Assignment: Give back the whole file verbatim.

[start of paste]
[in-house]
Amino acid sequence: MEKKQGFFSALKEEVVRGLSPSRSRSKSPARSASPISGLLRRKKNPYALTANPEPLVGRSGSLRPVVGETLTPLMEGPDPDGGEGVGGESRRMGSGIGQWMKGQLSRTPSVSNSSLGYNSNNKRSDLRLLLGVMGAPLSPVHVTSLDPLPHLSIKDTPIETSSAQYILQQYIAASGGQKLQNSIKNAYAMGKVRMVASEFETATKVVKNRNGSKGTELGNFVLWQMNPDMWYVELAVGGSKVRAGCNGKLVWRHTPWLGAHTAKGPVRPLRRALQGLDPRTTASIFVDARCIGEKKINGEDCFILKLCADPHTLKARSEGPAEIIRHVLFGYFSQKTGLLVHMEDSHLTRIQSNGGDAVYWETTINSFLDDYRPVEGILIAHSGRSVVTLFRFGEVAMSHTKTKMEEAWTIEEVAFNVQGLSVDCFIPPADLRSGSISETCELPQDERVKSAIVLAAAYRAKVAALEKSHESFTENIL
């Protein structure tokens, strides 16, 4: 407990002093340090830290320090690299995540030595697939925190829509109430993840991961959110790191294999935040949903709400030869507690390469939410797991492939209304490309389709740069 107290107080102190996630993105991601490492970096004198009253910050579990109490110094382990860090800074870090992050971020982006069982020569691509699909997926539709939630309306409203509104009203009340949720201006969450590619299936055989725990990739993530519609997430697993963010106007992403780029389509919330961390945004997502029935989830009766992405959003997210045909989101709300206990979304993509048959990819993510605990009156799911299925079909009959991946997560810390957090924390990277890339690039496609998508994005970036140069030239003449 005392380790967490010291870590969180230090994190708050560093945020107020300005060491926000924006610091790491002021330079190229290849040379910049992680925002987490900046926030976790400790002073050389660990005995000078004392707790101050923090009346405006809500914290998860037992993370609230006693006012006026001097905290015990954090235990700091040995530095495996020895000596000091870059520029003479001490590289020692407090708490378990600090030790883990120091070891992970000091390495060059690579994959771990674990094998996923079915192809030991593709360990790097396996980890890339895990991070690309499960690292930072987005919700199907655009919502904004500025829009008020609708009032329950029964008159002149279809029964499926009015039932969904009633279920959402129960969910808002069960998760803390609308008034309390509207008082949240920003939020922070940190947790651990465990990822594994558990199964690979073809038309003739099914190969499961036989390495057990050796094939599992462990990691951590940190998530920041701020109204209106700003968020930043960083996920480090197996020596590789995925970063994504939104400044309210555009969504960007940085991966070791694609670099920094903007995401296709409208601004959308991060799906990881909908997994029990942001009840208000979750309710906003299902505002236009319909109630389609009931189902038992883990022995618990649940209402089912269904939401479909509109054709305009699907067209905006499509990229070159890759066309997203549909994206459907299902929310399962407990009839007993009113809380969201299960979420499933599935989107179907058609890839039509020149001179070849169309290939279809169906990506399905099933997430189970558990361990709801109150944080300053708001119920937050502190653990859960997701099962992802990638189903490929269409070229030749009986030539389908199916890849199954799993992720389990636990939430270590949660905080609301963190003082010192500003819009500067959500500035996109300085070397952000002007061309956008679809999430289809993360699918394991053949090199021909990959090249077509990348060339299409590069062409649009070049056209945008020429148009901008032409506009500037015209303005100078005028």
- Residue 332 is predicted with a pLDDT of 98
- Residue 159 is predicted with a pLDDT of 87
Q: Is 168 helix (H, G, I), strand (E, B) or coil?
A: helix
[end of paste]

[in-house]
Amino acid sequence: MEKKQGFFSALKEEVVRGLSPSRSRSKSPARSASPISGLLRRKKNPYALTANPEPLVGRSGSLRPVVGETLTPLMEGPDPDGGEGVGGESRRMGSGIGQWMKGQLSRTPSVSNSSLGYNSNNKRSDLRLLLGVMGAPLSPVHVTSLDPLPHLSIKDTPIETSSAQYILQQYIAASGGQKLQNSIKNAYAMGKVRMVASEFETATKVVKNRNGSKGTELGNFVLWQMNPDMWYVELAVGGSKVRAGCNGKLVWRHTPWLGAHTAKGPVRPLRRALQGLDPRTTASIFVDARCIGEKKINGEDCFILKLCADPHTLKARSEGPAEIIRHVLFGYFSQKTGLLVHMEDSHLTRIQSNGGDAVYWETTINSFLDDYRPVEGILIAHSGRSVVTLFRFGEVAMSHTKTKMEEAWTIEEVAFNVQGLSVDCFIPPADLRSGSISETCELPQDERVKSAIVLAAAYRAKVAALEKSHESFTENIL
């Protein structure tokens, strides 16, 4: 407990002093340090830290320090690299995540030595697939925190829509109430993840991961959110790191294999935040949903709400030869507690390469939410797991492939209304490309389709740069 107290107080102190996630993105991601490492970096004198009253910050579990109490110094382990860090800074870090992050971020982006069982020569691509699909997926539709939630309306409203509104009203009340949720201006969450590619299936055989725990990739993530519609997430697993963010106007992403780029389509919330961390945004997502029935989830009766992405959003997210045909989101709300206990979304993509048959990819993510605990009156799911299925079909009959991946997560810390957090924390990277890339690039496609998508994005970036140069030239003449 005392380790967490010291870590969180230090994190708050560093945020107020300005060491926000924006610091790491002021330079190229290849040379910049992680925002987490900046926030976790400790002073050389660990005995000078004392707790101050923090009346405006809500914290998860037992993370609230006693006012006026001097905290015990954090235990700091040995530095495996020895000596000091870059520029003479001490590289020692407090708490378990600090030790883990120091070891992970000091390495060059690579994959771990674990094998996923079915192809030991593709360990790097396996980890890339895990991070690309499960690292930072987005919700199907655009919502904004500025829009008020609708009032329950029964008159002149279809029964499926009015039932969904009633279920959402129960969910808002069960998760803390609308008034309390509207008082949240920003939020922070940190947790651990465990990822594994558990199964690979073809038309003739099914190969499961036989390495057990050796094939599992462990990691951590940190998530920041701020109204209106700003968020930043960083996920480090197996020596590789995925970063994504939104400044309210555009969504960007940085991966070791694609670099920094903007995401296709409208601004959308991060799906990881909908997994029990942001009840208000979750309710906003299902505002236009319909109630389609009931189902038992883990022995618990649940209402089912269904939401479909509109054709305009699907067209905006499509990229070159890759066309997203549909994206459907299902929310399962407990009839007993009113809380969201299960979420499933599935989107179907058609890839039509020149001179070849169309290939279809169906990506399905099933997430189970558990361990709801109150944080300053708001119920937050502190653990859960997701099962992802990638189903490929269409070229030749009986030539389908199916890849199954799993992720389990636990939430270590949660905080609301963190003082010192500003819009500067959500500035996109300085070397952000002007061309956008679809999430289809993360699918394991053949090199021909990959090249077509990348060339299409590069062409649009070049056209945008020429148009901008032409506009500037015209303005100078005028």
- Residue 332 is predicted with a pLDDT of 98
- Residue 159 is predicted with a pLDDT of 87
Q: Is 168 helix (H, G, I), strand (E, B) or coil?
A: helix